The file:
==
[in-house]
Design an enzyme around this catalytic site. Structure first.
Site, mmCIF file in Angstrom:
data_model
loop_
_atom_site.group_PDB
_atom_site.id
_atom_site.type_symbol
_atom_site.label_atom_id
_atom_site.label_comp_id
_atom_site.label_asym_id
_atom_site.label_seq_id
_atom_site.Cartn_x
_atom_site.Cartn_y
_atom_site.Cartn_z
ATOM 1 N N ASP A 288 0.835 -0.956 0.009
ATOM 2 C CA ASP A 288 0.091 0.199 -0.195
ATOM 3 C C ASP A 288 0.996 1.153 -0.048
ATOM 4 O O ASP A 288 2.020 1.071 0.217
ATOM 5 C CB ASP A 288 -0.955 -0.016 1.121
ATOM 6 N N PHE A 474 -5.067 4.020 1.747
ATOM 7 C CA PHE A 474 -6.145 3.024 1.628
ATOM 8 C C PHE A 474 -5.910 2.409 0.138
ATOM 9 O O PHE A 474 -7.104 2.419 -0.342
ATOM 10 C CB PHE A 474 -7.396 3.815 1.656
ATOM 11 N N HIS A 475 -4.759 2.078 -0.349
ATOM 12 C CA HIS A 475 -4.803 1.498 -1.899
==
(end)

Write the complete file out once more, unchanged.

[in-house]
Design an enzyme around this catalytic site. Structure first.
Site, mmCIF file in Angstrom:
data_model
loop_
_atom_site.group_PDB
_atom_site.id
_atom_site.type_symbol
_atom_site.label_atom_id
_atom_site.label_comp_id
_atom_site.label_asym_id
_atom_site.label_seq_id
_atom_site.Cartn_x
_atom_site.Cartn_y
_atom_site.Cartn_z
ATOM 1 N N ASP A 288 0.835 -0.956 0.009
ATOM 2 C CA ASP A 288 0.091 0.199 -0.195
ATOM 3 C C ASP A 288 0.996 1.153 -0.048
ATOM 4 O O ASP A 288 2.020 1.071 0.217
ATOM 5 C CB ASP A 288 -0.955 -0.016 1.121
ATOM 6 N N PHE A 474 -5.067 4.020 1.747
ATOM 7 C CA PHE A 474 -6.145 3.024 1.628
ATOM 8 C C PHE A 474 -5.910 2.409 0.138
ATOM 9 O O PHE A 474 -7.104 2.419 -0.342
ATOM 10 C CB PHE A 474 -7.396 3.815 1.656
ATOM 11 N N HIS A 475 -4.759 2.078 -0.349
ATOM 12 C CA HIS A 475 -4.803 1.498 -1.899